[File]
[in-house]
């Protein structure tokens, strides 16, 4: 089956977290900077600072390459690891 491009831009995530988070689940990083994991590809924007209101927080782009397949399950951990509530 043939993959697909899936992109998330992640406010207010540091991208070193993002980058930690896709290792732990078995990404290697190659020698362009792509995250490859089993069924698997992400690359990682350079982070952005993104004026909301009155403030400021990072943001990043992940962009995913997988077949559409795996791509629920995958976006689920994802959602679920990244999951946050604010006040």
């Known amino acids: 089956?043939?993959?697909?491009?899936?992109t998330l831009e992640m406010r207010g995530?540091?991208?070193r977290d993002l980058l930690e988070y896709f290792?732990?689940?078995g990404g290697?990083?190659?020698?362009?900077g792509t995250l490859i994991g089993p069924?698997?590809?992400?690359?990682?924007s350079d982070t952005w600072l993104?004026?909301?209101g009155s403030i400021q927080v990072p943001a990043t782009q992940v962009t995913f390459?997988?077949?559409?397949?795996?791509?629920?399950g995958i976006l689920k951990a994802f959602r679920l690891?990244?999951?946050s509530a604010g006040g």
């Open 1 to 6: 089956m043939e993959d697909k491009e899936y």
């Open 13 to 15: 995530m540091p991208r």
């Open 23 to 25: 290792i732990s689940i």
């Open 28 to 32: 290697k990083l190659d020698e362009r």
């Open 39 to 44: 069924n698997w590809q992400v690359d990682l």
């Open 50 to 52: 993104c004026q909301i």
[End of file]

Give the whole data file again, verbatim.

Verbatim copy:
[in-house]
């Protein structure tokens, strides 16, 4: 089956977290900077600072390459690891 491009831009995530988070689940990083994991590809924007209101927080782009397949399950951990509530 043939993959697909899936992109998330992640406010207010540091991208070193993002980058930690896709290792732990078995990404290697190659020698362009792509995250490859089993069924698997992400690359990682350079982070952005993104004026909301009155403030400021990072943001990043992940962009995913997988077949559409795996791509629920995958976006689920994802959602679920990244999951946050604010006040």
């Known amino acids: 089956?043939?993959?697909?491009?899936?992109t998330l831009e992640m406010r207010g995530?540091?991208?070193r977290d993002l980058l930690e988070y896709f290792?732990?689940?078995g990404g290697?990083?190659?020698?362009?900077g792509t995250l490859i994991g089993p069924?698997?590809?992400?690359?990682?924007s350079d982070t952005w600072l993104?004026?909301?209101g009155s403030i400021q927080v990072p943001a990043t782009q992940v962009t995913f390459?997988?077949?559409?397949?795996?791509?629920?399950g995958i976006l689920k951990a994802f959602r679920l690891?990244?999951?946050s509530a604010g006040g």
């Open 1 to 6: 089956m043939e993959d697909k491009e899936y």
């Open 13 to 15: 995530m540091p991208r």
């Open 23 to 25: 290792i732990s689940i």
């Open 28 to 32: 290697k990083l190659d020698e362009r």
């Open 39 to 44: 069924n698997w590809q992400v690359d990682l």
């Open 50 to 52: 993104c004026q909301i």